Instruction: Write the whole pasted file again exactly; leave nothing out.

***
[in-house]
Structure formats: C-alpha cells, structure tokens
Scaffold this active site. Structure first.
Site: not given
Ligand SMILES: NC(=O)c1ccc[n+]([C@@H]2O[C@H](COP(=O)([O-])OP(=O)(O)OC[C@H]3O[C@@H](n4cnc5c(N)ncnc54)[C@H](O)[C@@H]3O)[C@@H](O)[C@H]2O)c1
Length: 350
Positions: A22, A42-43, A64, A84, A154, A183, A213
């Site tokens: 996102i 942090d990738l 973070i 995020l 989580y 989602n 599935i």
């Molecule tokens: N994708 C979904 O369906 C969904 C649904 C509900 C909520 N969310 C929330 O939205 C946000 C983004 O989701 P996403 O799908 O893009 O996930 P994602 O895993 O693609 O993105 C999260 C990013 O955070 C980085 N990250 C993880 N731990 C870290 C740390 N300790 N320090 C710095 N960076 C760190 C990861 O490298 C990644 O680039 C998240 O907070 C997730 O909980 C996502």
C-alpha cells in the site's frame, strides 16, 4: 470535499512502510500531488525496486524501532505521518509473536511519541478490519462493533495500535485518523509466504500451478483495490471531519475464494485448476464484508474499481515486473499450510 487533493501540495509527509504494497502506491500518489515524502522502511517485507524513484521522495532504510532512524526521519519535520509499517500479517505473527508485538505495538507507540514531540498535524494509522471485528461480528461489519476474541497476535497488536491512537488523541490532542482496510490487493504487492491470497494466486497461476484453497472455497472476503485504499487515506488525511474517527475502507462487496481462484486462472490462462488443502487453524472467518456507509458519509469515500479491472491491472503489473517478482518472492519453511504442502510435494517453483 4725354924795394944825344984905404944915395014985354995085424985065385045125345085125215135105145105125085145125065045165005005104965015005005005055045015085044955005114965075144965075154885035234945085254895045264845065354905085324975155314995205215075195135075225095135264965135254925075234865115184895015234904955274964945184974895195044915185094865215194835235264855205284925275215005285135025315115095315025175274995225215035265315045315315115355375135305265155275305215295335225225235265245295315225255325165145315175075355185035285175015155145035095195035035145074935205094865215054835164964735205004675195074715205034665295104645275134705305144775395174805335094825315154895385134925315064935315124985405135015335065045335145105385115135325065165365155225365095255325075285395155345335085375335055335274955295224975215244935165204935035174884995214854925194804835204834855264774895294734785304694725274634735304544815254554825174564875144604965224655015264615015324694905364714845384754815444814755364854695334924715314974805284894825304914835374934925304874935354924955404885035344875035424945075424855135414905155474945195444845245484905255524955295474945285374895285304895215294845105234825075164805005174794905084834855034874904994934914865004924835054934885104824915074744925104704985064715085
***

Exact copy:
[in-house]
Structure formats: C-alpha cells, structure tokens
Scaffold this active site. Structure first.
Site: not given
Ligand SMILES: NC(=O)c1ccc[n+]([C@@H]2O[C@H](COP(=O)([O-])OP(=O)(O)OC[C@H]3O[C@@H](n4cnc5c(N)ncnc54)[C@H](O)[C@@H]3O)[C@@H](O)[C@H]2O)c1
Length: 350
Positions: A22, A42-43, A64, A84, A154, A183, A213
């Site tokens: 996102i 942090d990738l 973070i 995020l 989580y 989602n 599935i």
């Molecule tokens: N994708 C979904 O369906 C969904 C649904 C509900 C909520 N969310 C929330 O939205 C946000 C983004 O989701 P996403 O799908 O893009 O996930 P994602 O895993 O693609 O993105 C999260 C990013 O955070 C980085 N990250 C993880 N731990 C870290 C740390 N300790 N320090 C710095 N960076 C760190 C990861 O490298 C990644 O680039 C998240 O907070 C997730 O909980 C996502």
C-alpha cells in the site's frame, strides 16, 4: 470535499512502510500531488525496486524501532505521518509473536511519541478490519462493533495500535485518523509466504500451478483495490471531519475464494485448476464484508474499481515486473499450510 487533493501540495509527509504494497502506491500518489515524502522502511517485507524513484521522495532504510532512524526521519519535520509499517500479517505473527508485538505495538507507540514531540498535524494509522471485528461480528461489519476474541497476535497488536491512537488523541490532542482496510490487493504487492491470497494466486497461476484453497472455497472476503485504499487515506488525511474517527475502507462487496481462484486462472490462462488443502487453524472467518456507509458519509469515500479491472491491472503489473517478482518472492519453511504442502510435494517453483 4725354924795394944825344984905404944915395014985354995085424985065385045125345085125215135105145105125085145125065045165005005104965015005005005055045015085044955005114965075144965075154885035234945085254895045264845065354905085324975155314995205215075195135075225095135264965135254925075234865115184895015234904955274964945184974895195044915185094865215194835235264855205284925275215005285135025315115095315025175274995225215035265315045315315115355375135305265155275305215295335225225235265245295315225255325165145315175075355185035285175015155145035095195035035145074935205094865215054835164964735205004675195074715205034665295104645275134705305144775395174805335094825315154895385134925315064935315124985405135015335065045335145105385115135325065165365155225365095255325075285395155345335085375335055335274955295224975215244935165204935035174884995214854925194804835204834855264774895294734785304694725274634735304544815254554825174564875144604965224655015264615015324694905364714845384754815444814755364854695334924715314974805284894825304914835374934925304874935354924955404885035344875035424945075424855135414905155474945195444845245484905255524955295474945285374895285304895215294845105234825075164805005174794905084834855034874904994934914865004924835054934885104824915074744925104704985064715085